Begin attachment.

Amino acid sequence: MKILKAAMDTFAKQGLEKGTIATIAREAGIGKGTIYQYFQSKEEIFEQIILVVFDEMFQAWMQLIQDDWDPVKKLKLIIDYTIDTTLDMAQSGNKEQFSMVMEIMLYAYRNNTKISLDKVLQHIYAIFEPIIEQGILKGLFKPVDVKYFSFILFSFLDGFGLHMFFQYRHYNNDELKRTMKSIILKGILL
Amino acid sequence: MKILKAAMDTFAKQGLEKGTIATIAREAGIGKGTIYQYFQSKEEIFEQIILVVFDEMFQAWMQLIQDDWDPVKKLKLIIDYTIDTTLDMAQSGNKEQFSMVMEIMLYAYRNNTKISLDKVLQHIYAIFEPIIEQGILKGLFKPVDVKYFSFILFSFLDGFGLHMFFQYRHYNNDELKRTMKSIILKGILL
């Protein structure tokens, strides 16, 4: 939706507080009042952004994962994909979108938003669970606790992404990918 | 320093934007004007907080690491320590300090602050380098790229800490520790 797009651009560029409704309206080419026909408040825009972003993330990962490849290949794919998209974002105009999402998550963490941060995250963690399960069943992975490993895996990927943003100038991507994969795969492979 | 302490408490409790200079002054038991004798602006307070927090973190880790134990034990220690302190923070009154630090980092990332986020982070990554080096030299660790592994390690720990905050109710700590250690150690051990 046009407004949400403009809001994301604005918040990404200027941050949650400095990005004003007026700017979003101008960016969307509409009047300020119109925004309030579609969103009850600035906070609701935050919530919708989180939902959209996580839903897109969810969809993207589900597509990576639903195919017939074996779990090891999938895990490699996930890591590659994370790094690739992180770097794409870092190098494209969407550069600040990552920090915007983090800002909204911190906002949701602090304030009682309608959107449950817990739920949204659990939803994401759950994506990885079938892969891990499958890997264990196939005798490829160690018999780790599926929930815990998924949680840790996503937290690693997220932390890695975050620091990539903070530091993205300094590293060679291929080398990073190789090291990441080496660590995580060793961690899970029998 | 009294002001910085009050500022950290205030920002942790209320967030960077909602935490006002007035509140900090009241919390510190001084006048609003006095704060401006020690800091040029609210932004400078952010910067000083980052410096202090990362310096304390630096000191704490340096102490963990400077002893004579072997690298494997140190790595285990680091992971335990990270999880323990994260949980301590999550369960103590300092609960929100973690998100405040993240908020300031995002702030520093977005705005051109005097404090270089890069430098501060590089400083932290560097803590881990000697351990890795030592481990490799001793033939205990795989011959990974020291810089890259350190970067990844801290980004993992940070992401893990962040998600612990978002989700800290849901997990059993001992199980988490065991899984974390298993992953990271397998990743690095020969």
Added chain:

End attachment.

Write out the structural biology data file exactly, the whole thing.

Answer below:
Amino acid sequence: MKILKAAMDTFAKQGLEKGTIATIAREAGIGKGTIYQYFQSKEEIFEQIILVVFDEMFQAWMQLIQDDWDPVKKLKLIIDYTIDTTLDMAQSGNKEQFSMVMEIMLYAYRNNTKISLDKVLQHIYAIFEPIIEQGILKGLFKPVDVKYFSFILFSFLDGFGLHMFFQYRHYNNDELKRTMKSIILKGILL
Amino acid sequence: MKILKAAMDTFAKQGLEKGTIATIAREAGIGKGTIYQYFQSKEEIFEQIILVVFDEMFQAWMQLIQDDWDPVKKLKLIIDYTIDTTLDMAQSGNKEQFSMVMEIMLYAYRNNTKISLDKVLQHIYAIFEPIIEQGILKGLFKPVDVKYFSFILFSFLDGFGLHMFFQYRHYNNDELKRTMKSIILKGILL
């Protein structure tokens, strides 16, 4: 939706507080009042952004994962994909979108938003669970606790992404990918 | 320093934007004007907080690491320590300090602050380098790229800490520790 797009651009560029409704309206080419026909408040825009972003993330990962490849290949794919998209974002105009999402998550963490941060995250963690399960069943992975490993895996990927943003100038991507994969795969492979 | 302490408490409790200079002054038991004798602006307070927090973190880790134990034990220690302190923070009154630090980092990332986020982070990554080096030299660790592994390690720990905050109710700590250690150690051990 046009407004949400403009809001994301604005918040990404200027941050949650400095990005004003007026700017979003101008960016969307509409009047300020119109925004309030579609969103009850600035906070609701935050919530919708989180939902959209996580839903897109969810969809993207589900597509990576639903195919017939074996779990090891999938895990490699996930890591590659994370790094690739992180770097794409870092190098494209969407550069600040990552920090915007983090800002909204911190906002949701602090304030009682309608959107449950817990739920949204659990939803994401759950994506990885079938892969891990499958890997264990196939005798490829160690018999780790599926929930815990998924949680840790996503937290690693997220932390890695975050620091990539903070530091993205300094590293060679291929080398990073190789090291990441080496660590995580060793961690899970029998 | 009294002001910085009050500022950290205030920002942790209320967030960077909602935490006002007035509140900090009241919390510190001084006048609003006095704060401006020690800091040029609210932004400078952010910067000083980052410096202090990362310096304390630096000191704490340096102490963990400077002893004579072997690298494997140190790595285990680091992971335990990270999880323990994260949980301590999550369960103590300092609960929100973690998100405040993240908020300031995002702030520093977005705005051109005097404090270089890069430098501060590089400083932290560097803590881990000697351990890795030592481990490799001793033939205990795989011959990974020291810089890259350190970067990844801290980004993992940070992401893990962040998600612990978002989700800290849901997990059993001992199980988490065991899984974390298993992953990271397998990743690095020969």
Added chain: